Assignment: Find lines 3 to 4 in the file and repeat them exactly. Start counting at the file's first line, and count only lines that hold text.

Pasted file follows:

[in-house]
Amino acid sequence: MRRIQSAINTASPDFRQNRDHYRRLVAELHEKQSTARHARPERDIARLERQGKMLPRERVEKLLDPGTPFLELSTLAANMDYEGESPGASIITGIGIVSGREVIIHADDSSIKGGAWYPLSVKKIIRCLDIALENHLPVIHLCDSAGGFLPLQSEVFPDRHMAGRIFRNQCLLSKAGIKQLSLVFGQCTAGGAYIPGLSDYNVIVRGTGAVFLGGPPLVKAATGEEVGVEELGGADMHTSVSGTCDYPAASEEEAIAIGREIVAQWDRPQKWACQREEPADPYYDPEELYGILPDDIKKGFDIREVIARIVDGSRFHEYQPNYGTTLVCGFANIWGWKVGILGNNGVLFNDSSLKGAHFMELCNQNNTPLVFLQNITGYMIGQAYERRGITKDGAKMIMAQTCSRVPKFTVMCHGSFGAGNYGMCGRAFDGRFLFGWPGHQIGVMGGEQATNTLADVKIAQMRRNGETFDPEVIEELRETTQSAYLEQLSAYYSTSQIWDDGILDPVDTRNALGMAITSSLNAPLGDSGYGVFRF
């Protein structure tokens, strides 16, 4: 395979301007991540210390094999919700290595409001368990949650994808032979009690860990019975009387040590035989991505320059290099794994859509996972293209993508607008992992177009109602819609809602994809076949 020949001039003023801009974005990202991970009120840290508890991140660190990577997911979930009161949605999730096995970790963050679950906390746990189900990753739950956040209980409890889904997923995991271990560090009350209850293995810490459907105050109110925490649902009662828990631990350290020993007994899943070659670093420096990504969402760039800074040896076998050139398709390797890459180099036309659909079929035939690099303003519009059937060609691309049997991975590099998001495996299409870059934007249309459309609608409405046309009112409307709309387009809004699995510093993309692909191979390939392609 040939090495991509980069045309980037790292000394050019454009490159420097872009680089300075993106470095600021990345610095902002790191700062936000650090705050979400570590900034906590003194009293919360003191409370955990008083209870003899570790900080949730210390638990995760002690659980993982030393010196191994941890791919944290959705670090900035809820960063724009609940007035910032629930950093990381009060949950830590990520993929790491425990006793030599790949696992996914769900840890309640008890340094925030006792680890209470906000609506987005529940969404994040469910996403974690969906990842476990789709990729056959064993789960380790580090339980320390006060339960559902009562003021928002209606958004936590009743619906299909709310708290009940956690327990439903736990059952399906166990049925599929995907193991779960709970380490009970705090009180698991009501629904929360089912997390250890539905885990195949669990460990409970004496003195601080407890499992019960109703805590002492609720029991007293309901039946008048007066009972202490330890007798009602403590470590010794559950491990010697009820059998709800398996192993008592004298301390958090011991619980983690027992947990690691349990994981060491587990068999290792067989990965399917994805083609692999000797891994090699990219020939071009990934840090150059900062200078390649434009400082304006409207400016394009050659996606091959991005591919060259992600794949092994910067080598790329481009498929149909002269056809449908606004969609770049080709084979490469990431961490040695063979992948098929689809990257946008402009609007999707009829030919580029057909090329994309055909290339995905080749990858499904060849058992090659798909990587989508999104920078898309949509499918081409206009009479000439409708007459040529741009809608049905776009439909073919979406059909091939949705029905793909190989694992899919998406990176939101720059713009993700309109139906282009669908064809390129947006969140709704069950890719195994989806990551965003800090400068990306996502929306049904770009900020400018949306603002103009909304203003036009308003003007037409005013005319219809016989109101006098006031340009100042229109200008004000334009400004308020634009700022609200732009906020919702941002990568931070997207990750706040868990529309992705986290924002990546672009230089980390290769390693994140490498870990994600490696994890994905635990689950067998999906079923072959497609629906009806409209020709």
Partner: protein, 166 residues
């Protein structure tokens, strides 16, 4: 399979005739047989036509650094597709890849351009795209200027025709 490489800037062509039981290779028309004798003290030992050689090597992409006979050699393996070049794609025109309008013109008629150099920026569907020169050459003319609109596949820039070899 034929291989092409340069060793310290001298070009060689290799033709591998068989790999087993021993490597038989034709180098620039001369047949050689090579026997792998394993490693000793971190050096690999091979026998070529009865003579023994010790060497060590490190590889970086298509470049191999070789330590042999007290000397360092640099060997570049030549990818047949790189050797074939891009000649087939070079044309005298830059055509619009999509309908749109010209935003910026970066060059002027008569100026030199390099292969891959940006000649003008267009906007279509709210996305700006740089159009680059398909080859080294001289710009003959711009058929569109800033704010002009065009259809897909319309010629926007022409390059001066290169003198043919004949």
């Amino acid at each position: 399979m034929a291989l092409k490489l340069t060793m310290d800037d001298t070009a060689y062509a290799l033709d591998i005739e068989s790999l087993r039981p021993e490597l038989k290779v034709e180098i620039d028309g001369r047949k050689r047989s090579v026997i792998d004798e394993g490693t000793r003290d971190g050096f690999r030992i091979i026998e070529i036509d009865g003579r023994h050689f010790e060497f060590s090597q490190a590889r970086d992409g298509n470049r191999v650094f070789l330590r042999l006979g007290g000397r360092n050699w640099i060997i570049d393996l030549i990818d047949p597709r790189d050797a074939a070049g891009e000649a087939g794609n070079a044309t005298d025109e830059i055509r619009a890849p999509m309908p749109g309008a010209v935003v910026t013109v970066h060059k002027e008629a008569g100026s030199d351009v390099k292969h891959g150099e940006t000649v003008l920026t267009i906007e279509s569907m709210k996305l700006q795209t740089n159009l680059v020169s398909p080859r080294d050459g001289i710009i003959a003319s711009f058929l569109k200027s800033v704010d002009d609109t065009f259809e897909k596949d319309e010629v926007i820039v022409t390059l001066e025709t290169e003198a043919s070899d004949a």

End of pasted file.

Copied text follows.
């Protein structure tokens, strides 16, 4: 395979301007991540210390094999919700290595409001368990949650994808032979009690860990019975009387040590035989991505320059290099794994859509996972293209993508607008992992177009109602819609809602994809076949 020949001039003023801009974005990202991970009120840290508890991140660190990577997911979930009161949605999730096995970790963050679950906390746990189900990753739950956040209980409890889904997923995991271990560090009350209850293995810490459907105050109110925490649902009662828990631990350290020993007994899943070659670093420096990504969402760039800074040896076998050139398709390797890459180099036309659909079929035939690099303003519009059937060609691309049997991975590099998001495996299409870059934007249309459309609608409405046309009112409307709309387009809004699995510093993309692909191979390939392609 040939090495991509980069045309980037790292000394050019454009490159420097872009680089300075993106470095600021990345610095902002790191700062936000650090705050979400570590900034906590003194009293919360003191409370955990008083209870003899570790900080949730210390638990995760002690659980993982030393010196191994941890791919944290959705670090900035809820960063724009609940007035910032629930950093990381009060949950830590990520993929790491425990006793030599790949696992996914769900840890309640008890340094925030006792680890209470906000609506987005529940969404994040469910996403974690969906990842476990789709990729056959064993789960380790580090339980320390006060339960559902009562003021928002209606958004936590009743619906299909709310708290009940956690327990439903736990059952399906166990049925599929995907193991779960709970380490009970705090009180698991009501629904929360089912997390250890539905885990195949669990460990409970004496003195601080407890499992019960109703805590002492609720029991007293309901039946008048007066009972202490330890007798009602403590470590010794559950491990010697009820059998709800398996192993008592004298301390958090011991619980983690027992947990690691349990994981060491587990068999290792067989990965399917994805083609692999000797891994090699990219020939071009990934840090150059900062200078390649434009400082304006409207400016394009050659996606091959991005591919060259992600794949092994910067080598790329481009498929149909002269056809449908606004969609770049080709084979490469990431961490040695063979992948098929689809990257946008402009609007999707009829030919580029057909090329994309055909290339995905080749990858499904060849058992090659798909990587989508999104920078898309949509499918081409206009009479000439409708007459040529741009809608049905776009439909073919979406059909091939949705029905793909190989694992899919998406990176939101720059713009993700309109139906282009669908064809390129947006969140709704069950890719195994989806990551965003800090400068990306996502929306049904770009900020400018949306603002103009909304203003036009308003003007037409005013005319219809016989109101006098006031340009100042229109200008004000334009400004308020634009700022609200732009906020919702941002990568931070997207990750706040868990529309992705986290924002990546672009230089980390290769390693994140490498870990994600490696994890994905635990689950067998999906079923072959497609629906009806409209020709």
Partner: protein, 166 residues